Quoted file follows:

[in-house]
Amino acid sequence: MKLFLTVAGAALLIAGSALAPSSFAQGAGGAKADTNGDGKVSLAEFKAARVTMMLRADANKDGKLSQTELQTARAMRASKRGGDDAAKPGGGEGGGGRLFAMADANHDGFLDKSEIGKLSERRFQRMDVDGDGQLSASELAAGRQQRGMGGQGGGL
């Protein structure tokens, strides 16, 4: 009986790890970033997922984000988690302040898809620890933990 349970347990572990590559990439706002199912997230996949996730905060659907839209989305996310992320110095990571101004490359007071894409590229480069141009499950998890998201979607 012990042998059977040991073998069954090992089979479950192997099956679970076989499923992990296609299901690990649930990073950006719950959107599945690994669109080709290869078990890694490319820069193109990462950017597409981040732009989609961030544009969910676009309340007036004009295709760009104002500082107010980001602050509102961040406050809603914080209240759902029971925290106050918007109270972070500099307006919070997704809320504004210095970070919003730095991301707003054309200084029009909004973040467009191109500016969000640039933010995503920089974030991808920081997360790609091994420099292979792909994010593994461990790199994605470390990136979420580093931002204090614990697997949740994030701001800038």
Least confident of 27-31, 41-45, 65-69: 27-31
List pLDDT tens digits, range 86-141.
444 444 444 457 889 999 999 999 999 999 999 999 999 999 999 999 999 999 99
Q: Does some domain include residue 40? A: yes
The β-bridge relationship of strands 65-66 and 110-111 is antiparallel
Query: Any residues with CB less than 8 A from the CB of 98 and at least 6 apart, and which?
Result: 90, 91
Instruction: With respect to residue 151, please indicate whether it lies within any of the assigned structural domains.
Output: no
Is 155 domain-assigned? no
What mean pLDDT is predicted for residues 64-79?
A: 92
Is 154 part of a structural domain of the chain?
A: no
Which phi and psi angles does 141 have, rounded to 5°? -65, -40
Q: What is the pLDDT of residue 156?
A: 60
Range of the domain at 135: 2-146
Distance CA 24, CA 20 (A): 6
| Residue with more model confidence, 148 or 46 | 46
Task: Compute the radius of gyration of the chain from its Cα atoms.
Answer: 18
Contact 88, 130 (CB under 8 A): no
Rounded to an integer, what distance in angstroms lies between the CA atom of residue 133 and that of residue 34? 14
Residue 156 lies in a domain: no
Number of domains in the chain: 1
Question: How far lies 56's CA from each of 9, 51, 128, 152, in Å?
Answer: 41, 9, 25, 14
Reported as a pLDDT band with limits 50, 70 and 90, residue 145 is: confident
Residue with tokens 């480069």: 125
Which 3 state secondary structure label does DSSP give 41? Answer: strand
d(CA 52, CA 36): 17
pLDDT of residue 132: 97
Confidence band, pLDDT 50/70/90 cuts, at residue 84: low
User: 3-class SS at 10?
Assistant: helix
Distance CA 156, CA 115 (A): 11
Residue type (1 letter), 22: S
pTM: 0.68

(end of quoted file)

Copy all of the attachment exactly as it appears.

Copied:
[in-house]
Amino acid sequence: MKLFLTVAGAALLIAGSALAPSSFAQGAGGAKADTNGDGKVSLAEFKAARVTMMLRADANKDGKLSQTELQTARAMRASKRGGDDAAKPGGGEGGGGRLFAMADANHDGFLDKSEIGKLSERRFQRMDVDGDGQLSASELAAGRQQRGMGGQGGGL
């Protein structure tokens, strides 16, 4: 009986790890970033997922984000988690302040898809620890933990 349970347990572990590559990439706002199912997230996949996730905060659907839209989305996310992320110095990571101004490359007071894409590229480069141009499950998890998201979607 012990042998059977040991073998069954090992089979479950192997099956679970076989499923992990296609299901690990649930990073950006719950959107599945690994669109080709290869078990890694490319820069193109990462950017597409981040732009989609961030544009969910676009309340007036004009295709760009104002500082107010980001602050509102961040406050809603914080209240759902029971925290106050918007109270972070500099307006919070997704809320504004210095970070919003730095991301707003054309200084029009909004973040467009191109500016969000640039933010995503920089974030991808920081997360790609091994420099292979792909994010593994461990790199994605470390990136979420580093931002204090614990697997949740994030701001800038």
Least confident of 27-31, 41-45, 65-69: 27-31
List pLDDT tens digits, range 86-141.
444 444 444 457 889 999 999 999 999 999 999 999 999 999 999 999 999 999 99
Q: Does some domain include residue 40? A: yes
The β-bridge relationship of strands 65-66 and 110-111 is antiparallel
Query: Any residues with CB less than 8 A from the CB of 98 and at least 6 apart, and which?
Result: 90, 91
Instruction: With respect to residue 151, please indicate whether it lies within any of the assigned structural domains.
Output: no
Is 155 domain-assigned? no
What mean pLDDT is predicted for residues 64-79?
A: 92
Is 154 part of a structural domain of the chain?
A: no
Which phi and psi angles does 141 have, rounded to 5°? -65, -40
Q: What is the pLDDT of residue 156?
A: 60
Range of the domain at 135: 2-146
Distance CA 24, CA 20 (A): 6
| Residue with more model confidence, 148 or 46 | 46
Task: Compute the radius of gyration of the chain from its Cα atoms.
Answer: 18
Contact 88, 130 (CB under 8 A): no
Rounded to an integer, what distance in angstroms lies between the CA atom of residue 133 and that of residue 34? 14
Residue 156 lies in a domain: no
Number of domains in the chain: 1
Question: How far lies 56's CA from each of 9, 51, 128, 152, in Å?
Answer: 41, 9, 25, 14
Reported as a pLDDT band with limits 50, 70 and 90, residue 145 is: confident
Residue with tokens 């480069």: 125
Which 3 state secondary structure label does DSSP give 41? Answer: strand
d(CA 52, CA 36): 17
pLDDT of residue 132: 97
Confidence band, pLDDT 50/70/90 cuts, at residue 84: low
User: 3-class SS at 10?
Assistant: helix
Distance CA 156, CA 115 (A): 11
Residue type (1 letter), 22: S
pTM: 0.68